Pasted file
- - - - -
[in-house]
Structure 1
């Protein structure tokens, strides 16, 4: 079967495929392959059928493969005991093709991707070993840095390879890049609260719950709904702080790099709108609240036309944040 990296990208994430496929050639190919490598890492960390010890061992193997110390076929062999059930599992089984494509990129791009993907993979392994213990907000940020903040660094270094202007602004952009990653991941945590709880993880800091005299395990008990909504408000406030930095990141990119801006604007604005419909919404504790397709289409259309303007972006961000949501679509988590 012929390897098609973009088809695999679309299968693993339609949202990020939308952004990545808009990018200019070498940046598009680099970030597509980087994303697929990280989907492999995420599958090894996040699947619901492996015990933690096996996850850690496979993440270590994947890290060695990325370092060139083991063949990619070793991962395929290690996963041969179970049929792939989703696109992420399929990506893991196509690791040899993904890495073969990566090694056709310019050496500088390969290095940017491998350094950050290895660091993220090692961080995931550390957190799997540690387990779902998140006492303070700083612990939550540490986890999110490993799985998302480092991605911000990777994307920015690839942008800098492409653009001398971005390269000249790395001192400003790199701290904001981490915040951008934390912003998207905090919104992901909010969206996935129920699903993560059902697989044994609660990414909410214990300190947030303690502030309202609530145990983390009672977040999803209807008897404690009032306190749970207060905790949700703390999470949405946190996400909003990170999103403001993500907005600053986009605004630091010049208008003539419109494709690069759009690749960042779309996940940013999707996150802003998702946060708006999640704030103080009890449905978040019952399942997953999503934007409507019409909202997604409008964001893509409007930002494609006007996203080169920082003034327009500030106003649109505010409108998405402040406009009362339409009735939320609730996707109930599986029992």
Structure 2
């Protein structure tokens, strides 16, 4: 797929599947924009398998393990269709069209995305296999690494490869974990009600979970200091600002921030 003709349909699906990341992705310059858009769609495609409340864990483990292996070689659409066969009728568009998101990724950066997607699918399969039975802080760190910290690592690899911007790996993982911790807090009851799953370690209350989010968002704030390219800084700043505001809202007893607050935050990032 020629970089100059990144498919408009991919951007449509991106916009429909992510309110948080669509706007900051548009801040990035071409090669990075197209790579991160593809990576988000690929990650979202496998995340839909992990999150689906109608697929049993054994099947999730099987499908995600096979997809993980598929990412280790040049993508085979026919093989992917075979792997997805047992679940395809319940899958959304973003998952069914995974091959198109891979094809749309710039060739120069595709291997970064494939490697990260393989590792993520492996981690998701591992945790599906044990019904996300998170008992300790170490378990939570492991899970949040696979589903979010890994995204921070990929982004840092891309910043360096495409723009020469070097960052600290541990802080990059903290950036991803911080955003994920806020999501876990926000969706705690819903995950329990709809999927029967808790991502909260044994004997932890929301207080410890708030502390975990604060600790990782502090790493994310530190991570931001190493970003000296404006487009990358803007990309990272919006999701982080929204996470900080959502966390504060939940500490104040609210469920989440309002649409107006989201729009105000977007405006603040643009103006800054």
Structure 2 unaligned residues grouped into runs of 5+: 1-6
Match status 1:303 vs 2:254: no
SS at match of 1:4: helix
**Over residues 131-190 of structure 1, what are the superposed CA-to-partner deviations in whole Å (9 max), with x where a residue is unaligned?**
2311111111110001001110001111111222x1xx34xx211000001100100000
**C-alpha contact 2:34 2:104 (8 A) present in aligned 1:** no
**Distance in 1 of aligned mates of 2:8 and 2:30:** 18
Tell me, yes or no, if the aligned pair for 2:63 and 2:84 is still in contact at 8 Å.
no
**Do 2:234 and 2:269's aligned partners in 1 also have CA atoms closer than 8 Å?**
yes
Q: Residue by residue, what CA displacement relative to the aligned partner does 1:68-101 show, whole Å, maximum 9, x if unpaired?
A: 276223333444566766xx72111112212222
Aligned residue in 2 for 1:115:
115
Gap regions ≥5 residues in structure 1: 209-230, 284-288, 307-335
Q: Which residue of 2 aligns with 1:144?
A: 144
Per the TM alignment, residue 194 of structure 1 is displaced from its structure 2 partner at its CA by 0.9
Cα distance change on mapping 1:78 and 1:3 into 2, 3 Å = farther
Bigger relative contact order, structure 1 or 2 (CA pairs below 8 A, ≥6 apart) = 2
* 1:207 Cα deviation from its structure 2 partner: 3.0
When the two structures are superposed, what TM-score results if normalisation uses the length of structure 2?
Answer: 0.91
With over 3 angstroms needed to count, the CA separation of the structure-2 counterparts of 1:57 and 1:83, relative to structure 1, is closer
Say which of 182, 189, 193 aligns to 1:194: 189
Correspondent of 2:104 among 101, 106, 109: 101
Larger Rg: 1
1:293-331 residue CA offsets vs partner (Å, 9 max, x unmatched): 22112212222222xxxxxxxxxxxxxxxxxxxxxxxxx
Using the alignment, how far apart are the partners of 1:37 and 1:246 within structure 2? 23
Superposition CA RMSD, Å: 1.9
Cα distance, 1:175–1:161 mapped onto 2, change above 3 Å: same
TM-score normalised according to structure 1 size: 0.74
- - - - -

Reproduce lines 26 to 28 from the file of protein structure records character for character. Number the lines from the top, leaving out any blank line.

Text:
Bigger relative contact order, structure 1 or 2 (CA pairs below 8 A, ≥6 apart) = 2
* 1:207 Cα deviation from its structure 2 partner: 3.0
When the two structures are superposed, what TM-score results if normalisation uses the length of structure 2?